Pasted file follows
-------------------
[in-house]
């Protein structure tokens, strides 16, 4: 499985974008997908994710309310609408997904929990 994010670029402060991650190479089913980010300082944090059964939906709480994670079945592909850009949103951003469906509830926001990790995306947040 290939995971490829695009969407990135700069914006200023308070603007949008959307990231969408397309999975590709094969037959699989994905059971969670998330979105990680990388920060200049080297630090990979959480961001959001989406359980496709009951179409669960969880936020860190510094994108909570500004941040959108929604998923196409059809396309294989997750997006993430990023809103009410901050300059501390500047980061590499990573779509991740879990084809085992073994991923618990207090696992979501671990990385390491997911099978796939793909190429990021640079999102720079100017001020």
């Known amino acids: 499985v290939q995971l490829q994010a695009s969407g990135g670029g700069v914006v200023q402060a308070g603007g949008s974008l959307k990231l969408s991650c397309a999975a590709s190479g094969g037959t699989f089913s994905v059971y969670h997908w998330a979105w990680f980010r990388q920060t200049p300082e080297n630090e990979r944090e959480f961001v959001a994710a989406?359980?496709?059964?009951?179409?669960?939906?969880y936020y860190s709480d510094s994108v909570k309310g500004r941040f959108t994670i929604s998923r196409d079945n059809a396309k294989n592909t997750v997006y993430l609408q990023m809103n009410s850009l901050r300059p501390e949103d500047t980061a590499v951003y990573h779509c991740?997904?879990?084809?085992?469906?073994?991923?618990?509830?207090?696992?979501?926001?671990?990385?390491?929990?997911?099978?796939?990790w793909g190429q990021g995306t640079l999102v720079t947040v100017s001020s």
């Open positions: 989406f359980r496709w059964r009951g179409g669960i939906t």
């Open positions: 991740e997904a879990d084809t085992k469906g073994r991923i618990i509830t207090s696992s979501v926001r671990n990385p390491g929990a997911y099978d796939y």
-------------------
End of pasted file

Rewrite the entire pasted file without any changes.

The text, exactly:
[in-house]
């Protein structure tokens, strides 16, 4: 499985974008997908994710309310609408997904929990 994010670029402060991650190479089913980010300082944090059964939906709480994670079945592909850009949103951003469906509830926001990790995306947040 290939995971490829695009969407990135700069914006200023308070603007949008959307990231969408397309999975590709094969037959699989994905059971969670998330979105990680990388920060200049080297630090990979959480961001959001989406359980496709009951179409669960969880936020860190510094994108909570500004941040959108929604998923196409059809396309294989997750997006993430990023809103009410901050300059501390500047980061590499990573779509991740879990084809085992073994991923618990207090696992979501671990990385390491997911099978796939793909190429990021640079999102720079100017001020």
């Known amino acids: 499985v290939q995971l490829q994010a695009s969407g990135g670029g700069v914006v200023q402060a308070g603007g949008s974008l959307k990231l969408s991650c397309a999975a590709s190479g094969g037959t699989f089913s994905v059971y969670h997908w998330a979105w990680f980010r990388q920060t200049p300082e080297n630090e990979r944090e959480f961001v959001a994710a989406?359980?496709?059964?009951?179409?669960?939906?969880y936020y860190s709480d510094s994108v909570k309310g500004r941040f959108t994670i929604s998923r196409d079945n059809a396309k294989n592909t997750v997006y993430l609408q990023m809103n009410s850009l901050r300059p501390e949103d500047t980061a590499v951003y990573h779509c991740?997904?879990?084809?085992?469906?073994?991923?618990?509830?207090?696992?979501?926001?671990?990385?390491?929990?997911?099978?796939?990790w793909g190429q990021g995306t640079l999102v720079t947040v100017s001020s």
């Open positions: 989406f359980r496709w059964r009951g179409g669960i939906t």
């Open positions: 991740e997904a879990d084809t085992k469906g073994r991923i618990i509830t207090s696992s979501v926001r671990n990385p390491g929990a997911y099978d796939y």